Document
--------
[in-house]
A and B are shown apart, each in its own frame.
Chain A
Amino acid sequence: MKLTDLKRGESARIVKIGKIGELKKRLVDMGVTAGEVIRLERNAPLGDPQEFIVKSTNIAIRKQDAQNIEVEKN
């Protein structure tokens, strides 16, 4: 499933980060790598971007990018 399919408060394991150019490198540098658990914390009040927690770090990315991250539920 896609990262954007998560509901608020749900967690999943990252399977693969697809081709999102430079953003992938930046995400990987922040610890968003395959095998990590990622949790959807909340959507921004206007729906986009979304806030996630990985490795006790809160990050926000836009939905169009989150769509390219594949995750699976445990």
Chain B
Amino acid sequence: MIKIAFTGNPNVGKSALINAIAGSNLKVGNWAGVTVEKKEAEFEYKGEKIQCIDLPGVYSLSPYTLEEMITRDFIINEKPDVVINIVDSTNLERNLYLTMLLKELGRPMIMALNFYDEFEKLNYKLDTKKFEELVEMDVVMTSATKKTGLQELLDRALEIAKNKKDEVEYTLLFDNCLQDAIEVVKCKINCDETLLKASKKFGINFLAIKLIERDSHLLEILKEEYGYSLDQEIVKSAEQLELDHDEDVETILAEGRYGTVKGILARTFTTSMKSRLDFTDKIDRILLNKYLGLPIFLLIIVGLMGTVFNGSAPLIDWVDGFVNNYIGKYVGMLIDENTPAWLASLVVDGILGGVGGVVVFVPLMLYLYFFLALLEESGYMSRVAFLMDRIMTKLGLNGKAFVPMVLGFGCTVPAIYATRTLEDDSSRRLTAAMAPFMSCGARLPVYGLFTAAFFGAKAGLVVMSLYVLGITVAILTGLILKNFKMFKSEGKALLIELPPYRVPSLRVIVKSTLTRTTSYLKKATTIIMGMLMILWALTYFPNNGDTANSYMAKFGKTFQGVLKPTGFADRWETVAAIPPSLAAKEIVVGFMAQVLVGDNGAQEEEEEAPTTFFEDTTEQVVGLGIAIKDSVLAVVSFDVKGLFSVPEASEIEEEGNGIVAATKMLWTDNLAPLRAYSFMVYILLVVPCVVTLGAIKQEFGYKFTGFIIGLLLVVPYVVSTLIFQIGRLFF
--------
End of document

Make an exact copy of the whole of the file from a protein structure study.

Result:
[in-house]
A and B are shown apart, each in its own frame.
Chain A
Amino acid sequence: MKLTDLKRGESARIVKIGKIGELKKRLVDMGVTAGEVIRLERNAPLGDPQEFIVKSTNIAIRKQDAQNIEVEKN
């Protein structure tokens, strides 16, 4: 499933980060790598971007990018 399919408060394991150019490198540098658990914390009040927690770090990315991250539920 896609990262954007998560509901608020749900967690999943990252399977693969697809081709999102430079953003992938930046995400990987922040610890968003395959095998990590990622949790959807909340959507921004206007729906986009979304806030996630990985490795006790809160990050926000836009939905169009989150769509390219594949995750699976445990």
Chain B
Amino acid sequence: MIKIAFTGNPNVGKSALINAIAGSNLKVGNWAGVTVEKKEAEFEYKGEKIQCIDLPGVYSLSPYTLEEMITRDFIINEKPDVVINIVDSTNLERNLYLTMLLKELGRPMIMALNFYDEFEKLNYKLDTKKFEELVEMDVVMTSATKKTGLQELLDRALEIAKNKKDEVEYTLLFDNCLQDAIEVVKCKINCDETLLKASKKFGINFLAIKLIERDSHLLEILKEEYGYSLDQEIVKSAEQLELDHDEDVETILAEGRYGTVKGILARTFTTSMKSRLDFTDKIDRILLNKYLGLPIFLLIIVGLMGTVFNGSAPLIDWVDGFVNNYIGKYVGMLIDENTPAWLASLVVDGILGGVGGVVVFVPLMLYLYFFLALLEESGYMSRVAFLMDRIMTKLGLNGKAFVPMVLGFGCTVPAIYATRTLEDDSSRRLTAAMAPFMSCGARLPVYGLFTAAFFGAKAGLVVMSLYVLGITVAILTGLILKNFKMFKSEGKALLIELPPYRVPSLRVIVKSTLTRTTSYLKKATTIIMGMLMILWALTYFPNNGDTANSYMAKFGKTFQGVLKPTGFADRWETVAAIPPSLAAKEIVVGFMAQVLVGDNGAQEEEEEAPTTFFEDTTEQVVGLGIAIKDSVLAVVSFDVKGLFSVPEASEIEEEGNGIVAATKMLWTDNLAPLRAYSFMVYILLVVPCVVTLGAIKQEFGYKFTGFIIGLLLVVPYVVSTLIFQIGRLFF